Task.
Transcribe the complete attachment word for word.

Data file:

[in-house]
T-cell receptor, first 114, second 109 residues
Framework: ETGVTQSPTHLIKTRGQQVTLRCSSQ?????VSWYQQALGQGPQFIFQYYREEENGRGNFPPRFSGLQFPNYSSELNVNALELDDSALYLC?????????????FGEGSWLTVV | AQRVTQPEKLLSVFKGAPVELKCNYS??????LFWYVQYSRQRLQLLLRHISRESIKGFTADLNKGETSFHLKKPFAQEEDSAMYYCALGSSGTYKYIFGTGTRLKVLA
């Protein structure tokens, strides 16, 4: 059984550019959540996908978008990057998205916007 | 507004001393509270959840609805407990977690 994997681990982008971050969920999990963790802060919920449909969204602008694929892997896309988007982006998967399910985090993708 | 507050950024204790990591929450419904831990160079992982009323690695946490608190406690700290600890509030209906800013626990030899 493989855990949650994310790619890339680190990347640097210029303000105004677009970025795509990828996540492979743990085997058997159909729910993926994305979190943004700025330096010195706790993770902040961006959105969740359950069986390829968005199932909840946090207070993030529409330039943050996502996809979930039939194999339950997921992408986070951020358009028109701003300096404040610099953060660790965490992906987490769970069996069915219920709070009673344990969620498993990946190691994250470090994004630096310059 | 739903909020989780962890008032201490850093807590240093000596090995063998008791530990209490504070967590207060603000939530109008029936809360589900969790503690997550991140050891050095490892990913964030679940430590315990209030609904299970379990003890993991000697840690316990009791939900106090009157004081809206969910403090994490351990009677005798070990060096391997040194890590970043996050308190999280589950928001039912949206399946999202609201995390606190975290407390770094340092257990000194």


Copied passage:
[in-house]
T-cell receptor, first 114, second 109 residues
Framework: ETGVTQSPTHLIKTRGQQVTLRCSSQ?????VSWYQQALGQGPQFIFQYYREEENGRGNFPPRFSGLQFPNYSSELNVNALELDDSALYLC?????????????FGEGSWLTVV | AQRVTQPEKLLSVFKGAPVELKCNYS??????LFWYVQYSRQRLQLLLRHISRESIKGFTADLNKGETSFHLKKPFAQEEDSAMYYCALGSSGTYKYIFGTGTRLKVLA
């Protein structure tokens, strides 16, 4: 059984550019959540996908978008990057998205916007 | 507004001393509270959840609805407990977690 994997681990982008971050969920999990963790802060919920449909969204602008694929892997896309988007982006998967399910985090993708 | 507050950024204790990591929450419904831990160079992982009323690695946490608190406690700290600890509030209906800013626990030899 493989855990949650994310790619890339680190990347640097210029303000105004677009970025795509990828996540492979743990085997058997159909729910993926994305979190943004700025330096010195706790993770902040961006959105969740359950069986390829968005199932909840946090207070993030529409330039943050996502996809979930039939194999339950997921992408986070951020358009028109701003300096404040610099953060660790965490992906987490769970069996069915219920709070009673344990969620498993990946190691994250470090994004630096310059 | 739903909020989780962890008032201490850093807590240093000596090995063998008791530990209490504070967590207060603000939530109008029936809360589900969790503690997550991140050891050095490892990913964030679940430590315990209030609904299970379990003890993991000697840690316990009791939900106090009157004081809206969910403090994490351990009677005798070990060096391997040194890590970043996050308190999280589950928001039912949206399946999202609201995390606190975290407390770094340092257990000194």